A video showing half a dozen of North Carolina police officers punching, kicking and beating with batons a Black man has been widely shared on social media drawing massive backlash on social media as he was unarmed, on the ground and had already been neutralized, but the police officers kept using force.
A cellphone video of the incident was posted on Facebook Friday and quickly reached thousands of people. The video shows police brutally beating an unarmed man who allegedly was resisting the police officers, at the intersection of Garner Road and Martin Luther King Jr. Boulevard in southeast Raleigh, North Carolina.
Authorities have started an investigation after the video surfaced and after several human and civil rights activists denounced the police brutality. "They are trained law enforcement officers, we are not talking about a group of vigilante citizens with no training who are trying to subdue a situation," said Dawn Blagrove executive director of the Carolina Justice Policy Center and activist.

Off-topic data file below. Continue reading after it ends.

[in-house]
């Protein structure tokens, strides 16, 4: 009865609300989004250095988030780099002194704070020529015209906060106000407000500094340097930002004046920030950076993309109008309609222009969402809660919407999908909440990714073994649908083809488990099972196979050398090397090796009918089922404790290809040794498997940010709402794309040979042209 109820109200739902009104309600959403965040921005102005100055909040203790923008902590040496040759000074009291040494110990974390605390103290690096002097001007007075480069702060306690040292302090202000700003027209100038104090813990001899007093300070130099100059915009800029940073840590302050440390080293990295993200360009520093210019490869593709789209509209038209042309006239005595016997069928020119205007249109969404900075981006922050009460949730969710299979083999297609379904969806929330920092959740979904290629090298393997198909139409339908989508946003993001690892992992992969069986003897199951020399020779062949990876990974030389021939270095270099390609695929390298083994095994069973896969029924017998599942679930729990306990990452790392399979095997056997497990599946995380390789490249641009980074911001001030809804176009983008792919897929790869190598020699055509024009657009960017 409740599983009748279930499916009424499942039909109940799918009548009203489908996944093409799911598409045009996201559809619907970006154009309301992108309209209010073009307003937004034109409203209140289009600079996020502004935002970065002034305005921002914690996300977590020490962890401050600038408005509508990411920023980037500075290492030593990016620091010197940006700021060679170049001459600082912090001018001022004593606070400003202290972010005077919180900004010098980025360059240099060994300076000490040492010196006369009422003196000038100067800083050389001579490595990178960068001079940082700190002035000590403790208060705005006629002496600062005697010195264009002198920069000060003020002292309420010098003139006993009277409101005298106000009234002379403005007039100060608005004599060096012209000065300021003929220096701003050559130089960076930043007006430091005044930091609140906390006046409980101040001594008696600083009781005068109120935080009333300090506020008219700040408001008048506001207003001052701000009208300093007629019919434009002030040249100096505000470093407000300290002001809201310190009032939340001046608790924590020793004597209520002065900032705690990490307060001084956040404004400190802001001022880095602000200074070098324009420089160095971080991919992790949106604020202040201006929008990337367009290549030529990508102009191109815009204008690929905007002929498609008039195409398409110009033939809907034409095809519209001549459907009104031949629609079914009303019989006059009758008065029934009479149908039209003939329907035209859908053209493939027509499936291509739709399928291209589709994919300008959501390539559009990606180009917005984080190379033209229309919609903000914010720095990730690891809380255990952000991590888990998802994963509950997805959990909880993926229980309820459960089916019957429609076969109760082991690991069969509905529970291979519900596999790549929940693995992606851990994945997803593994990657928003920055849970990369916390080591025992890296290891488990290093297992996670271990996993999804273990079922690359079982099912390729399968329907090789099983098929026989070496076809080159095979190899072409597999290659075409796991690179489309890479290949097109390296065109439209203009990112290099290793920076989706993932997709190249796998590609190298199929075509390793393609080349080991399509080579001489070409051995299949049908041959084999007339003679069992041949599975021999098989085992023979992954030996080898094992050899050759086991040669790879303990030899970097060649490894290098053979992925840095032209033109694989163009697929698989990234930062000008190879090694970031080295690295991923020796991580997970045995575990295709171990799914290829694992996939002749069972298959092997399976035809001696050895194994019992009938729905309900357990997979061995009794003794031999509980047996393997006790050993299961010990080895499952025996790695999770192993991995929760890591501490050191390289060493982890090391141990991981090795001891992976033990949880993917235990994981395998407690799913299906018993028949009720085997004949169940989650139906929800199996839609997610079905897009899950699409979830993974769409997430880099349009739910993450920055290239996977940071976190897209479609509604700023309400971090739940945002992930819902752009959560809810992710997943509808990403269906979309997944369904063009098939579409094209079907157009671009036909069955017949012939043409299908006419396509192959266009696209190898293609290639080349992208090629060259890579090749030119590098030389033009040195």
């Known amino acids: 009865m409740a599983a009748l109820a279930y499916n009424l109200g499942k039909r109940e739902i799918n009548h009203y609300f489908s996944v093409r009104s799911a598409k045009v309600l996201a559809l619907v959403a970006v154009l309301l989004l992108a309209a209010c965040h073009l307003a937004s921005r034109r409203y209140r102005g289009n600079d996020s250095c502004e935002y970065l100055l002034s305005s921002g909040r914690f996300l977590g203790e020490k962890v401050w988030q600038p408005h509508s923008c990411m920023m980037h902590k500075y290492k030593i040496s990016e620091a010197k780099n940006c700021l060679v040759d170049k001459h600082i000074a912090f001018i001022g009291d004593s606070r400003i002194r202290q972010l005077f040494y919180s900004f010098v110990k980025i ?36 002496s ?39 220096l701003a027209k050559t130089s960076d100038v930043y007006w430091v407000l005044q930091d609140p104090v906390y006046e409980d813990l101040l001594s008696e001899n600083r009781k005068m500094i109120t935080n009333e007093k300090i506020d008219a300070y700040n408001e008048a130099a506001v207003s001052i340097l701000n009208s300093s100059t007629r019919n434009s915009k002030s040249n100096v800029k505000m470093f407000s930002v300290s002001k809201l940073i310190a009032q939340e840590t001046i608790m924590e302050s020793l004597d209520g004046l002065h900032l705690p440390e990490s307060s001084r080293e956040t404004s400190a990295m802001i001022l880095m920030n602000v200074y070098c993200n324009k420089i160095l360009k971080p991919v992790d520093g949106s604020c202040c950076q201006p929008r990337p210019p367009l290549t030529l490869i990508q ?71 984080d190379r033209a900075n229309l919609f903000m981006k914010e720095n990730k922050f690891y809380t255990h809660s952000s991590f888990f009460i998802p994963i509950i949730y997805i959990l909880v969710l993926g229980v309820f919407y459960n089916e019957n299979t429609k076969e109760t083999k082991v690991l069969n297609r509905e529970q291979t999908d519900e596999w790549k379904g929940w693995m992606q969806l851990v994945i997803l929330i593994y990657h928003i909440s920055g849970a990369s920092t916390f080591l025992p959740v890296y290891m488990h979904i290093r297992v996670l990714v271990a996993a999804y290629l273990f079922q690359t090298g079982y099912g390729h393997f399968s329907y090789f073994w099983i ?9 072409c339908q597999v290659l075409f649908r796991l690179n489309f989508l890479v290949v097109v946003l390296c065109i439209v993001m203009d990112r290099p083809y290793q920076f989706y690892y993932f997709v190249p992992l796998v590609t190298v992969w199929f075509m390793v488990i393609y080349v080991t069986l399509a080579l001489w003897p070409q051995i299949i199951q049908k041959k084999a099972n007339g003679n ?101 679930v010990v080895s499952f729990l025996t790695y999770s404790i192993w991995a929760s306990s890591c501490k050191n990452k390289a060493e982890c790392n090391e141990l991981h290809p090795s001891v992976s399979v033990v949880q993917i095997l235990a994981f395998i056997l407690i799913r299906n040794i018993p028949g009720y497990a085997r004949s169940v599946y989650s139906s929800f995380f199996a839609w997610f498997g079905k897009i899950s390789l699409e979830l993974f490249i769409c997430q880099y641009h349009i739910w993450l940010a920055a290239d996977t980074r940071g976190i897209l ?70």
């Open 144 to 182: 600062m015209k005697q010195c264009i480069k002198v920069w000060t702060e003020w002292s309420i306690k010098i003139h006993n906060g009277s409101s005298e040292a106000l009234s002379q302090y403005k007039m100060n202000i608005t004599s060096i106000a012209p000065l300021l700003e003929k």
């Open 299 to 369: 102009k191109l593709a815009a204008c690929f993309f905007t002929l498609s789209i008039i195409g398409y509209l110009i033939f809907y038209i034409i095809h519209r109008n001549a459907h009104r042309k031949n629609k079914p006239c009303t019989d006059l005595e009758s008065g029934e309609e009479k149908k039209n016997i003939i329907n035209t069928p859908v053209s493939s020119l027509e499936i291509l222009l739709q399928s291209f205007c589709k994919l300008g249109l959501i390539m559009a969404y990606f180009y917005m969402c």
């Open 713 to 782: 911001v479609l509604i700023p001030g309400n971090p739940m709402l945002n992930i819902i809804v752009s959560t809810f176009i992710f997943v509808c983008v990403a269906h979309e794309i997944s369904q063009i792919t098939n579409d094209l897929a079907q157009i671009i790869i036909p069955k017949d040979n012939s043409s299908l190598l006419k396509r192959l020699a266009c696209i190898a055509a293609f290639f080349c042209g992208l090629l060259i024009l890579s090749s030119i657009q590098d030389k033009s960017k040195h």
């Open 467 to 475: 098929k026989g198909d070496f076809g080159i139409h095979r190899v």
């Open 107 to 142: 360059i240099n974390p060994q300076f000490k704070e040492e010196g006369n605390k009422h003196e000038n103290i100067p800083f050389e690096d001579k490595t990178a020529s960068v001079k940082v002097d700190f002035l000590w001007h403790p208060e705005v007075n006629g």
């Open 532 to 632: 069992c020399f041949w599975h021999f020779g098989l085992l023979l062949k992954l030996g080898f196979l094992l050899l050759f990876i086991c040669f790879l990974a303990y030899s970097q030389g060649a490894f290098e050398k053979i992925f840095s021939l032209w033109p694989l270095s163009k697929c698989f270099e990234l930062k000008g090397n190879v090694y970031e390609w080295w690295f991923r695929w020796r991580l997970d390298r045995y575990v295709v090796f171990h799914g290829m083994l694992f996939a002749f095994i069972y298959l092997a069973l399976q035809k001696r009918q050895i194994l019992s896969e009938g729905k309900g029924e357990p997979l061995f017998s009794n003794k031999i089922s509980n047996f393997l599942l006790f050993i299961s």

The Raleigh Police Department has an ongoing investigation and has issued a statement. "In the spirit of transparency, we have proactively made the District Attorney's office aware of this situation. The Raleigh Police Department offers no further comment on this ongoing investigation," read the statement.
"It really doesn't matter what happened leading up to it because the standards of care being deployed by our law enforcement shouldn't matter," said Blagrove. "Those standards should stay in place regardless of the situation."
This is the latest case of police violence in the U.S. as activists and rights organizations in the country have been for years denouncing and protesting against the killings of unarmed Back people which they argue is part of a systemic racism within police forces in the country.
In a study published by Criminology & Public Policy in 2017, it was found that police officers were twice as likely to kill unarmed Black civilians as unarmed white civilians. The study examined the most robust dataset on police shootings available, compiled by the Washington Post in 2015.